Growing Up Means Buying Tupperware

Every couple of weeks, a bunch of my friends and I head over to Stop & Shop in Yonkers to stock back up on the essentials of life: milk, cereal, pretentious juices, granola bars. We used to go to the A&P in Bronxville, but for broke-college-kids reasons, we have made the switch.

As a first-year without a kitchen, my eating habits had to start from scratch.  I brought a bagful of plastic utensils, a stack of paper plates, and two thrift store mugs. I thought I would need many more forks than I actually do. Apparently, dorm-room food is surprisingly spoon-dominant.  Also, after I found out the hard way that plastic forks do not cut cheddar well, one of my roommates and I split a package of two knives.

However, my supply of food containers does not come so easily.  It’s more difficult to sneak a plate out of Ba– I mean, it’s more difficult to find a dependable piece of dishware.  A few weeks ago I bought a glass bowl.  It has a Tupperware lid, is microwave and dishwasher safe, and I can store it in the refrigerator safely.  Tupperware?  I’m officially an adult.

I know what you’re thinking: that sounds like a rather mundane item to be writing about.   Make no mistake about it, it IS.  But more than that, it is an investment in the future.  I now have a receptacle in which I can heat, chill, and store foods for days on end.  I had a couple meals left over on my plan last week because I ate the equivalent of three or four meals with the couscous I made conveniently in my microwave. Having this bowl means that I can spend more quality time in Westlands, eat less questionable food in Bates, and waste less time in the Pub realizing that I’m only there because I’m sick of Bates food.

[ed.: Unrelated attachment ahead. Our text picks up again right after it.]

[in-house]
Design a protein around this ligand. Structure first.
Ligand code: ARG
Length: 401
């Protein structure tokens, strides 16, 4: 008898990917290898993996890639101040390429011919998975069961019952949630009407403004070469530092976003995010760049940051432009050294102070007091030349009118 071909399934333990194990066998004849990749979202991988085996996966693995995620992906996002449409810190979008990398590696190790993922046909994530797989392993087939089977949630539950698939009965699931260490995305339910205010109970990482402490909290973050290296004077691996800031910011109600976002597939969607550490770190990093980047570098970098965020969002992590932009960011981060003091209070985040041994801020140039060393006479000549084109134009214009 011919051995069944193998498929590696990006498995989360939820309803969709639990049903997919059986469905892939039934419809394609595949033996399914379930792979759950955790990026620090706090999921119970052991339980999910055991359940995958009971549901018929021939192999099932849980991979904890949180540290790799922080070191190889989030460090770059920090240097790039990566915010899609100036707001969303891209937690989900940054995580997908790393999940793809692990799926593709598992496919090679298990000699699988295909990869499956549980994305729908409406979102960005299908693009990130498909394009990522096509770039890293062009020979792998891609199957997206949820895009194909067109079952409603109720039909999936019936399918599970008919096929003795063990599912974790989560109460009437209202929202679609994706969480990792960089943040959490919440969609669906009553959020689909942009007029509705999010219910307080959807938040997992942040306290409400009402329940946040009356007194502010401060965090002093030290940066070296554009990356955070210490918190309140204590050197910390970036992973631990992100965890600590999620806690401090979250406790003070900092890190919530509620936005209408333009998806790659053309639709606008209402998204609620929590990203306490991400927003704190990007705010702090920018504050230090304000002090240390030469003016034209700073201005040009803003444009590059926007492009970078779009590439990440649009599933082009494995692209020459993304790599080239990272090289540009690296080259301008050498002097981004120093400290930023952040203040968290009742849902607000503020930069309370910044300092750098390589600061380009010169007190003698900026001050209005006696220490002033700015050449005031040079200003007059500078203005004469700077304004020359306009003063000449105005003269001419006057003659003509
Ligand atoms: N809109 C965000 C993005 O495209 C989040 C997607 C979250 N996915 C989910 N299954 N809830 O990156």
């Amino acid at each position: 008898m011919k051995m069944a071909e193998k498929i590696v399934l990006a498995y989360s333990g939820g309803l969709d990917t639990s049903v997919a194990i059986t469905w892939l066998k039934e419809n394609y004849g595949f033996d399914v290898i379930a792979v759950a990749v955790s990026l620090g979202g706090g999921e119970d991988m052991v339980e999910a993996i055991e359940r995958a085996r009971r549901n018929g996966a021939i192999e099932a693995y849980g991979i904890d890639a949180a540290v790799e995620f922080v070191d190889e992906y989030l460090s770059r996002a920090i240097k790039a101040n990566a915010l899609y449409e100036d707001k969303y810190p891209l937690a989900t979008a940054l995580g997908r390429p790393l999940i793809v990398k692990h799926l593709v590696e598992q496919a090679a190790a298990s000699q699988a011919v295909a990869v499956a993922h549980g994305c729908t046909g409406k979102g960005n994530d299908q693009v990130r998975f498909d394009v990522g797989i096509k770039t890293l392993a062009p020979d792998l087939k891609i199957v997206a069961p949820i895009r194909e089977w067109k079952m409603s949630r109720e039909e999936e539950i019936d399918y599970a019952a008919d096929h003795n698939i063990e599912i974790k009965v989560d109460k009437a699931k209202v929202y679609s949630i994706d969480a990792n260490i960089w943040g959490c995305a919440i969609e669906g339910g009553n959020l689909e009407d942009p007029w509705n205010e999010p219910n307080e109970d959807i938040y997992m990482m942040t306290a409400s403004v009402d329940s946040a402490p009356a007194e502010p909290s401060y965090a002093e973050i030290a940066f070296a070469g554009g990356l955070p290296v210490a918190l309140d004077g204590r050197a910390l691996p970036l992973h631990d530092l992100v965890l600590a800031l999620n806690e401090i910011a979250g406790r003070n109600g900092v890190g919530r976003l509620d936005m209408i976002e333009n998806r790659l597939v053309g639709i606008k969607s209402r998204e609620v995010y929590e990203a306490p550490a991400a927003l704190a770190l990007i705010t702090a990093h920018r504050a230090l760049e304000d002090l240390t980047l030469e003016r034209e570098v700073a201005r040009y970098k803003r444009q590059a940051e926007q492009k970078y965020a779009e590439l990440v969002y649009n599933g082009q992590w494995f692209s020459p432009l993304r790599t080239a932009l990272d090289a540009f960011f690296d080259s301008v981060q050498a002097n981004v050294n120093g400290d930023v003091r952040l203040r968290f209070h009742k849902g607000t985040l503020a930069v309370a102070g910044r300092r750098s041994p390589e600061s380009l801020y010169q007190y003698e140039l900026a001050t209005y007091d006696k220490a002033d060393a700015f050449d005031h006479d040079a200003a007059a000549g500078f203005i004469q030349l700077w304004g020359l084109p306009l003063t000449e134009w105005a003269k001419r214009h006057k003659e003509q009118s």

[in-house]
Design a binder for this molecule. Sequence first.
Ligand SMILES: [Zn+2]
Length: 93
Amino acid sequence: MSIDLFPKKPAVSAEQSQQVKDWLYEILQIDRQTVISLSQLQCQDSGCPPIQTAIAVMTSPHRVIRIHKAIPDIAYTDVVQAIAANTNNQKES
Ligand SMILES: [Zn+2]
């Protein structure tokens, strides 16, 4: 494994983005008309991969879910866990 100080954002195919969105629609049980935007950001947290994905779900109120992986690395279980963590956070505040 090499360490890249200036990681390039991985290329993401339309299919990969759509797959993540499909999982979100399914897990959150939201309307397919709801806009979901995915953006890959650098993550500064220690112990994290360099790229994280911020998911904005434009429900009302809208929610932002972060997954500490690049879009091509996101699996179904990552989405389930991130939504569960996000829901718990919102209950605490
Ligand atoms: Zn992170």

It’s really an ideal set-up: if I am not sharing with anyone, I can use one dish to serve as water heater, couscous fluffer, and dish.  (This is the part at which I would stroke my handlebar mustache villainously, if I had one.)

It is a cause for celebration.  If I wanted to, I could look like this guy (, except less idiotic, I hope.

I am spending the rest of my work shift dreaming up the future life of my bowl.  Perhaps it will be a cozy nest for chocolate pudding, or a more visible storage container for cheap Chinese take-out.  Maybe it could be the vessel for an enormous serving of Lucky Charms.

Clearly it is time for another Stop & Shop run.


Featured Image: Google Images


Gina Caputo is a reasonably well-mannered young woman from Norwalk, CT who enjoys the company of frighteningly honest people and the occasional antihero. She steals ideas from her real-life twin sister Maria, a vast array of books, and (of course) the internet. She hopes to continue conquering the Romance languages at SLC.

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